Secondary guarding, once very much a UK requirement is proving to be a standard option. Snorkel’s 460SJ features its new tri-entry removable platform, that is equipped with Snorkel Guard secondary guarding system as standard.
Earlier this year, JLG announced it is making its SkyGuard enhanced control panel protection system standard across the JLG portfolio of boom lifts. When activated, the SkyGuard system stops all functions in use at the time, then temporarily reverses most functions that were in use when the system was activated. This reverse functionality is the only feature of its kind in the market.
The company began equipping its boom lifts with the SkyGuard system as standard equipment on the portfolio of JLG Boom Lifts ordered in Europe, Australia, and New Zealand in July. The system will become standard equipment in the rest of the world in January 2017.
Genie has provided two such solutions with the understanding that each job is unique, and one solution may be more suitable than the other. The Genie Operator Protective Structure (OPS) is a mechanical guarding device that provides a protective bubble around the operator at the controls. In the event of contact with an overhead object, the OPS directs the kinetic energy of the contact to the platform itself, not the operator.
New to booms
MEC Aerial Work Platforms, based in the US, is in its second year of booms production and launched its 60J Boom series in 2015 with both diesel and electric models available, as well as a Hybrid option.
The Electric RT boom is designed for no compromise in performance for job sites that require less noise and air pollution. While the Hybrid option evolved from the growing need for this type of equipment.
“The diesel model needed to be differentiated in the market so we addressed the need for larger working space and easier workability and greater safety with no foot pedal, with the largest platform in its class,” said Jim Tolle, MEC’s international sales manager.
Although Mr Tolle points out, “[Hybrid] seems to be a slow mover in our industry until regulations prompt a more drastic shift.” He also does not see a move to 190ft working heights and above for telescopic booms any time soon. “The market opportunity in that range is very specialised. Until the market opportunity increases, the return on research and design investment will be too low to make it a priority.”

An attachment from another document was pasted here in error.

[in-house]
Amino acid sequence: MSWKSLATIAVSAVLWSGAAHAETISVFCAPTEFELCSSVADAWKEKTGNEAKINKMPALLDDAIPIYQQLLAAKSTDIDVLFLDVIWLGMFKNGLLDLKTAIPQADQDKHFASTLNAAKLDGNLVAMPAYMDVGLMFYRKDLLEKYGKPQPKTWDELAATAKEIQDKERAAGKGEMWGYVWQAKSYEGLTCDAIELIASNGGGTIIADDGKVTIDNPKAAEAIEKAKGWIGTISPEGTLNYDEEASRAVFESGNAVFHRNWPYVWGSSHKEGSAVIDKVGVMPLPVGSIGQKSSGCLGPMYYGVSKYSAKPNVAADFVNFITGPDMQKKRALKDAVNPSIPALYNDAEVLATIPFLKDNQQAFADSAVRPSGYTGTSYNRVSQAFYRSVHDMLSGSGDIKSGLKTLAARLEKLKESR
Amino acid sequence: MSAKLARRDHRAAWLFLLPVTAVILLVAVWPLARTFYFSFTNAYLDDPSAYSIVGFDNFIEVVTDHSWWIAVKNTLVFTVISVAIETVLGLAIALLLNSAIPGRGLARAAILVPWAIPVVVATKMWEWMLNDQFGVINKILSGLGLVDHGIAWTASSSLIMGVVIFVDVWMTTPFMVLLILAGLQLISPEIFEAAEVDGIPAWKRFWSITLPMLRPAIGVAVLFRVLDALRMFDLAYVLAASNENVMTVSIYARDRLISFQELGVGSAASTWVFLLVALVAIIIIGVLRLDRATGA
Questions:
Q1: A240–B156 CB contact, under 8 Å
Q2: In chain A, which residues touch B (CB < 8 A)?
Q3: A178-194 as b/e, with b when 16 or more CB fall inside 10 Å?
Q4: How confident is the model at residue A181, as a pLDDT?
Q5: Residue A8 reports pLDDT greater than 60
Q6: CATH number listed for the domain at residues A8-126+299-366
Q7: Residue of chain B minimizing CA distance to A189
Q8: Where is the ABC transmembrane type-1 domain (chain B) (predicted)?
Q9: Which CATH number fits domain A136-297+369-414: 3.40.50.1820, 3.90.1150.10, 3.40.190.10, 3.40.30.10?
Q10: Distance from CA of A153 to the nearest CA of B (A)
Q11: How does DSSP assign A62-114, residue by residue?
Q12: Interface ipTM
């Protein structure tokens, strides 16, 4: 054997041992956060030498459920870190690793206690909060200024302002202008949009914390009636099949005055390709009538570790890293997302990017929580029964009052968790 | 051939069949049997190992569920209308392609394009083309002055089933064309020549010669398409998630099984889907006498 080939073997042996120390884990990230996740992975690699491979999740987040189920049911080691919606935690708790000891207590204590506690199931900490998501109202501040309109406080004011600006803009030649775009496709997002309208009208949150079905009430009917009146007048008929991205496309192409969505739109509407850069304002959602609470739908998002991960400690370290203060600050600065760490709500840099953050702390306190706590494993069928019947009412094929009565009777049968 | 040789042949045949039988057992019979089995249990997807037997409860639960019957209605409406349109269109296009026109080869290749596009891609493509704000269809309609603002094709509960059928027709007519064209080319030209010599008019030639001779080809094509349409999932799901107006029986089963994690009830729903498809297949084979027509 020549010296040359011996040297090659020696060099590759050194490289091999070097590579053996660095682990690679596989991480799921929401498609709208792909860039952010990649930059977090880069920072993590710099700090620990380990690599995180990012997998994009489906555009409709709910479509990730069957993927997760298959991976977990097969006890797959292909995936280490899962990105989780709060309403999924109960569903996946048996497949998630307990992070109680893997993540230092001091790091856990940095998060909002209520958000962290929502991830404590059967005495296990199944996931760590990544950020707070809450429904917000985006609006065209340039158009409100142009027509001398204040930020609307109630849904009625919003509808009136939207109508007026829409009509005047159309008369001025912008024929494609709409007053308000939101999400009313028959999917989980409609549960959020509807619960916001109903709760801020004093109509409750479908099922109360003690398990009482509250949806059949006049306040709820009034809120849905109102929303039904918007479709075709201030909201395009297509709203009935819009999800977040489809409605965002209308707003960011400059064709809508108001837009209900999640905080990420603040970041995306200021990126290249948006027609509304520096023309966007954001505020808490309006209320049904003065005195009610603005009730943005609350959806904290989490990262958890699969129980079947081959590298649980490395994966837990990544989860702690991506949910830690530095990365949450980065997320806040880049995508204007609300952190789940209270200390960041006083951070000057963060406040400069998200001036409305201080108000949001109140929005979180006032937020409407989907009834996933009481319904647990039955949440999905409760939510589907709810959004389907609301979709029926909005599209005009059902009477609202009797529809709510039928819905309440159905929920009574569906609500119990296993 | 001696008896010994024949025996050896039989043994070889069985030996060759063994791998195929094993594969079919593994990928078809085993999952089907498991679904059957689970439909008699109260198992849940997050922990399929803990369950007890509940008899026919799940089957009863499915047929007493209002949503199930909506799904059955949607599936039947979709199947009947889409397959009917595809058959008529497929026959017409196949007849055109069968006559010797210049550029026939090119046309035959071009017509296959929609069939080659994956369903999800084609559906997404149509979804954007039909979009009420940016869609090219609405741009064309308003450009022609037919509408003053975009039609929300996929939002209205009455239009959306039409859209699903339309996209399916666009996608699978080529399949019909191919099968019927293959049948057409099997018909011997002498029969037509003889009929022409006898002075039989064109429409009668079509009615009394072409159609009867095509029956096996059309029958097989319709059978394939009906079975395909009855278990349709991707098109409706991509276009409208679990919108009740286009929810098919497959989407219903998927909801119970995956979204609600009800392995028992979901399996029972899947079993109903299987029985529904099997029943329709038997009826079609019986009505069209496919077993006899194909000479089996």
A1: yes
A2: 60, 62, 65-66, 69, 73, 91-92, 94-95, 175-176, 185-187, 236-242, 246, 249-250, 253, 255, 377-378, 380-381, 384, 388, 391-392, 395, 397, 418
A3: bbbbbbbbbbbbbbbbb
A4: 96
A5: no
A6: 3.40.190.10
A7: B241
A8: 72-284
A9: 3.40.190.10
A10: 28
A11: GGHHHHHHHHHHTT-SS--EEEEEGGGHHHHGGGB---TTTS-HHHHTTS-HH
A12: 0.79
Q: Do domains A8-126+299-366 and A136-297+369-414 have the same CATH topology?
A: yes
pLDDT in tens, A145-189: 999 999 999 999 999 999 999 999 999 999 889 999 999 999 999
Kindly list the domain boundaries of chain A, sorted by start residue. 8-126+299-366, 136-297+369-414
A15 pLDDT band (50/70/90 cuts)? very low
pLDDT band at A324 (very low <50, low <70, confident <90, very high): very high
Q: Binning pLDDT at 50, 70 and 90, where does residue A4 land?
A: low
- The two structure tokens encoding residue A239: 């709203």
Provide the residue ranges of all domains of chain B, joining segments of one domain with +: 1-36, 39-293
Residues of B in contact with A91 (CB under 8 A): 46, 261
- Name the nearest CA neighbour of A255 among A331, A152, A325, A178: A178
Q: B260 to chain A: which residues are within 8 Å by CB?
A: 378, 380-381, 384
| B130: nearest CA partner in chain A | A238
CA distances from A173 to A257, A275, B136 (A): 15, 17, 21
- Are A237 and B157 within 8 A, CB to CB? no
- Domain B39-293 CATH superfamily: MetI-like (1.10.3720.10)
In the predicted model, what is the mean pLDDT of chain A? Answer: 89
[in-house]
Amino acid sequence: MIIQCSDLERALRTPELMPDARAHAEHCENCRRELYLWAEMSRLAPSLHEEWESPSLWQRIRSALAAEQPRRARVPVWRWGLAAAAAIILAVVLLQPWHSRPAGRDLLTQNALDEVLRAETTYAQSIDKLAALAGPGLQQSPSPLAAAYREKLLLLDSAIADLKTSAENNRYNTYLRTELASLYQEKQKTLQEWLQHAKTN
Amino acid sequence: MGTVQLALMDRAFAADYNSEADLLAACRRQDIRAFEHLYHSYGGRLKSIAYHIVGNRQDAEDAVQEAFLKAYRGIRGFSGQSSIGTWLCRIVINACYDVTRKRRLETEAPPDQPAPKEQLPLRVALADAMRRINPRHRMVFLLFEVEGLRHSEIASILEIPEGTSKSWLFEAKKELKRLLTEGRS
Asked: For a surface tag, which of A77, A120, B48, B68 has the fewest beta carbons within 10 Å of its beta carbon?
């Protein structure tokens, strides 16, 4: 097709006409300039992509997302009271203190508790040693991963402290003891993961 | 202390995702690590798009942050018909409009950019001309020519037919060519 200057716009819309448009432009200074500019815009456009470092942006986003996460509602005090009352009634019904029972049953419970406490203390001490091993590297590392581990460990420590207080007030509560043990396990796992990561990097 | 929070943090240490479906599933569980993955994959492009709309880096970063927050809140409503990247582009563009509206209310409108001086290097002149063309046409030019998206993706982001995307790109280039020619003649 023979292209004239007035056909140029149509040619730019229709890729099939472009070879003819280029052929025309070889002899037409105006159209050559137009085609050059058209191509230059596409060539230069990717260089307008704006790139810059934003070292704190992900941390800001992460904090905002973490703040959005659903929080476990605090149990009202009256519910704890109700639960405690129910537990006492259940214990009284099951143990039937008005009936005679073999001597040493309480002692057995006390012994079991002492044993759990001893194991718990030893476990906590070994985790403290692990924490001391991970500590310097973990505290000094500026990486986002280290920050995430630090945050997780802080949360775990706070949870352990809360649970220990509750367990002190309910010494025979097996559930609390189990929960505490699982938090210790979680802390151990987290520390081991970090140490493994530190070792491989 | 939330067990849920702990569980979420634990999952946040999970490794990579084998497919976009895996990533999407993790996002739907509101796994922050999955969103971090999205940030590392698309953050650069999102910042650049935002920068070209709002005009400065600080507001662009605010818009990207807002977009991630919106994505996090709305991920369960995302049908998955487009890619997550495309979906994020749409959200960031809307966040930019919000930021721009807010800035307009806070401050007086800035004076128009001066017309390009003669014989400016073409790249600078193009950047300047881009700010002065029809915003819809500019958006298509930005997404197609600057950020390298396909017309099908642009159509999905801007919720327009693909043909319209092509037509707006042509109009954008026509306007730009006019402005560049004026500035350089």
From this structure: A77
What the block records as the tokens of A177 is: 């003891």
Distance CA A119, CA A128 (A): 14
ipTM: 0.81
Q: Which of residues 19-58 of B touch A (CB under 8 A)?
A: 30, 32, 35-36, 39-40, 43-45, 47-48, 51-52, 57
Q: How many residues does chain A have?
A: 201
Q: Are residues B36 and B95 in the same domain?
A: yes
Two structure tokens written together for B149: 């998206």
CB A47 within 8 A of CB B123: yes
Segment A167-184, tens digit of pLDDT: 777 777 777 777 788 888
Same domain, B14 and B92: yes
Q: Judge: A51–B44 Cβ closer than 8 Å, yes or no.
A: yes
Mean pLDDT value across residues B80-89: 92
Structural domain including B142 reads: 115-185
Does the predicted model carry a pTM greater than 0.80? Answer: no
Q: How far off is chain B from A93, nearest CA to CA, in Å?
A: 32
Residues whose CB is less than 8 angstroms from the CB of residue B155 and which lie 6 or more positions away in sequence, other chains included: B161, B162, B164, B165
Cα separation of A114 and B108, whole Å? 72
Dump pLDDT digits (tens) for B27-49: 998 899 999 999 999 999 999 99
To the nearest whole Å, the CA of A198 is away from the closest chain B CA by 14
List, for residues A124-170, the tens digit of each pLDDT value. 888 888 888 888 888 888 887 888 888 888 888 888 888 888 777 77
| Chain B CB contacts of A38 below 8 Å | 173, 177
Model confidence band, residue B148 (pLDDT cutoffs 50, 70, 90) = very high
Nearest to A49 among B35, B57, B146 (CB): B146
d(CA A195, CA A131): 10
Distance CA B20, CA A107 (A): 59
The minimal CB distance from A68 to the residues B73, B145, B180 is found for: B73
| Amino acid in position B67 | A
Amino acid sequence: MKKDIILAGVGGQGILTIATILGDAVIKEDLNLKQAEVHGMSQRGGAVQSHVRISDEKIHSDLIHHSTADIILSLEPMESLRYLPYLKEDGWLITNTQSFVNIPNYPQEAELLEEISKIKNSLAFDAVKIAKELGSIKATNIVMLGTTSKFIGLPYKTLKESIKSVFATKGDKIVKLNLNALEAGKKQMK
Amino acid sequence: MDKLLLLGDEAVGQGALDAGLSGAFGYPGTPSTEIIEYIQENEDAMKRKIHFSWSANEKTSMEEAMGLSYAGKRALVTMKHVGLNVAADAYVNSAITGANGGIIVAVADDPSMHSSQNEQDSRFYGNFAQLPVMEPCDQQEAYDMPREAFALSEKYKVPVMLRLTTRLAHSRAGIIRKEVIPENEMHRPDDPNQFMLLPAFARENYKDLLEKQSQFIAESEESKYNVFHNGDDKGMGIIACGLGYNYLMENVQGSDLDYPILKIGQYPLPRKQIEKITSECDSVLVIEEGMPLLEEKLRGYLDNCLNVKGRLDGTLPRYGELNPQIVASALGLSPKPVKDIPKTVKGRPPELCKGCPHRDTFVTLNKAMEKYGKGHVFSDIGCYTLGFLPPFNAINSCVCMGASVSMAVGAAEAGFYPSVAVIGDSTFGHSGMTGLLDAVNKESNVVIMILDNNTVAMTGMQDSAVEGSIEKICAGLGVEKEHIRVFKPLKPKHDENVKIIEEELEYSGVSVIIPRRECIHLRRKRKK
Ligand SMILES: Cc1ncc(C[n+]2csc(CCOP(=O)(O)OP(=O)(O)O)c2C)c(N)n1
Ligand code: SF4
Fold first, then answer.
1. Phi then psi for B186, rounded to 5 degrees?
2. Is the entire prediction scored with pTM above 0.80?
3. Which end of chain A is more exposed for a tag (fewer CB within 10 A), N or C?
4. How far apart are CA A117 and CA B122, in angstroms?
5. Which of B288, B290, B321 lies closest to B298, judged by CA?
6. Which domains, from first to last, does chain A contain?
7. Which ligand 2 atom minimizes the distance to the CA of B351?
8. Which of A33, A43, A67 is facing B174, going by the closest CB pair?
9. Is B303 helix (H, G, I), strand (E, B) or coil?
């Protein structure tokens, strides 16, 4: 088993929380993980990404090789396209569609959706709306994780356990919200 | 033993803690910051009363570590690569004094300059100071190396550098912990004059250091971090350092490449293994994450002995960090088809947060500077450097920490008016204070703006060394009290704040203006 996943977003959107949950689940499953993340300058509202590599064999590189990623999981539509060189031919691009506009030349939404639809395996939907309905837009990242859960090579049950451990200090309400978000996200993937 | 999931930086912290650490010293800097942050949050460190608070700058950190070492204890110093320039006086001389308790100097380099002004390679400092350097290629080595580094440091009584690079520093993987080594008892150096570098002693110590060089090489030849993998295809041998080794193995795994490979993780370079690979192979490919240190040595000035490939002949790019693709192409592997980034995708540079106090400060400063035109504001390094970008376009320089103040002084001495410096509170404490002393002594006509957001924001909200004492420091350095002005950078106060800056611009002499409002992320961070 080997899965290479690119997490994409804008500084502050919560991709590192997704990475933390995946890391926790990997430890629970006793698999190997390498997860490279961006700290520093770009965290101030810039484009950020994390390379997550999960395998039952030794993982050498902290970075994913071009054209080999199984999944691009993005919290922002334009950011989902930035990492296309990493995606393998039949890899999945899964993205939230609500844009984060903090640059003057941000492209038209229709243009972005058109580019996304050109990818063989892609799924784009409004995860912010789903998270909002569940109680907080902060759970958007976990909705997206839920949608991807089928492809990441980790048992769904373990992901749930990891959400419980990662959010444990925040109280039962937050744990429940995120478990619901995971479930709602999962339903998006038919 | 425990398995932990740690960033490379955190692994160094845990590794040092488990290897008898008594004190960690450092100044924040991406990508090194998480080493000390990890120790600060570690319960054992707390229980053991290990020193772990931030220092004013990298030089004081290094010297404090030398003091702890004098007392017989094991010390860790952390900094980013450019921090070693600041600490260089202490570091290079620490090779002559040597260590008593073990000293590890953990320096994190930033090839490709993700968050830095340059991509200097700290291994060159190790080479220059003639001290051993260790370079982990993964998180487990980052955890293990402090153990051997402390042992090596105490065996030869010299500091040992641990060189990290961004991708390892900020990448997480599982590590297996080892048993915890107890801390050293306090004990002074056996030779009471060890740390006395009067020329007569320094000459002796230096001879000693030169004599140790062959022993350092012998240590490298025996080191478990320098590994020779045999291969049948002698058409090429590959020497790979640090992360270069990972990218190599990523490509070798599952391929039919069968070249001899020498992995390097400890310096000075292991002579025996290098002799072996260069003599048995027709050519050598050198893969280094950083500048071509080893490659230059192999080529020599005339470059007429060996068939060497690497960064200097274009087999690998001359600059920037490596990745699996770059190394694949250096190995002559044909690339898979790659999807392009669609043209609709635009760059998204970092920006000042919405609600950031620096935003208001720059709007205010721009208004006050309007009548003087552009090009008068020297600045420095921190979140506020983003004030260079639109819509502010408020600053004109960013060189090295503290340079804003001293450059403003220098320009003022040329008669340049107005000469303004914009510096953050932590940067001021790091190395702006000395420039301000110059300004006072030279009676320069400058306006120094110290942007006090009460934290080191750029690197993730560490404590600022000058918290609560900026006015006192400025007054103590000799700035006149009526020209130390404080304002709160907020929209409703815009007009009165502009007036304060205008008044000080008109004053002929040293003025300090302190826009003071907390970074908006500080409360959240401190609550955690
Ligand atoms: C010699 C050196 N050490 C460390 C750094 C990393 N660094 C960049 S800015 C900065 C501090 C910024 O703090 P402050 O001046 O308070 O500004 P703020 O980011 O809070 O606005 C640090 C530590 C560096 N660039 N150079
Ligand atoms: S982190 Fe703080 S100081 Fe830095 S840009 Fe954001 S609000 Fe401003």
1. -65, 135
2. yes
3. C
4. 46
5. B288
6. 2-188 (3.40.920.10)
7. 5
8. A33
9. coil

In addition, the majority of telescopic booms sales will remain in the US. Mr Tolle says, “Telescopic booms will have their share of any developing market for aerial work platforms like China, but the ratio of telescopic to articulated booms seems to have favoured articulated booms outside the US, especially in congested cities. Work sites with the highest adoption of telescopic booms currently appear to be large scale construction projects like power grid facilities, petrochemical facilities, ports and other large facilities.”
China in Focus
It’s not just manufacturers with a major interest in the North American market that are producing telescopic booms. Italy-based Airo introduced its first telescopic boom at Bauma this year.
The T34 JRTD has 34m working height and a 24m outreach with 450kg capacity in the basket. It also offers extending axles and four wheel steer, with jib. Joining the T34 JRTD is sister product T32 RTD, which offers all the same functions except the jib.
The Italian company says the pair will be aimed at the Chinese market, notably shipyards, through Airo Beijing, the manufacturer’s sister company in China. According to Airo, shipyards in the country are providing sales for booms and will help make up for the slow
On the subject of China, Dingli has confirmed it will launch new booms from its partnership with Italian telehandler specialist Magni at Bauma China, taking place in November this year. Among the 16 new products on display will be the eight new boom lifts designed and built at the new Dingli Europe R&D Centre in Italy. It follows Dingli’s acquisition of 20% of Magni, with the new facility based at its factory.
Of the eight, four will be telescopic booms with 16m, 20m, 24m and 28m working heights, while the other four are articulating with the same working height range.
All models offer four-wheel drive and steering and are built with the view of selling them widely in Europe with its Revolutionary Concept, designed to concentrate on weight, performance, efficiency and service.
Sinoboom launched the GTBZ16/18J diesel powered telescopic boom lift, launched in Jan 2016, with the GTZZ16/18EJ electric articulated boom lift, launched in the same year.
The GTBZ16/18J offers overload and overrange alarm, tilt alarm, and other fault indication and alarms, like water temperature and oil pressure. In China, “Diverse market demand is forming, especially under 20m. Sinoboom’s new models are designed to meet the market demand,” said a company spokesperson.
Sinoboom has its sights on the international market and is hoping to partner and cooperate with ‘well-known’ organisations in the next five to 10 years to improve manufacturing quality and service options. The company says technology through computer generated designs and ‘virtual prototypes’ are improving product development, while the Internet of Things will play a major contribution to the industry. “Fatigue stress analysis will be important in AWP research and design.”
Sinoboom is also uncertain that booms of over 190ft or higher will be seen in China.”It doesn’t have a good rate of return on investment, though some large rentals may still show interest only to establish themselves as the leading player in the AWP business.” Furthermore, high-rise buildings over 60m in China are always equipped with window cleaning machines or suspended platforms.
Concerning hybrids in China, Sinoboom adds, “New emission standards will not cause a significant impact because electric power has been a mature technology for AWP for decades and also engine manufacturers have launched upgraded series engines complying with the new emission standard. “High manufacturing costs makes hybrid power supplementary for the market and deprives hybrid power of competitive strength.”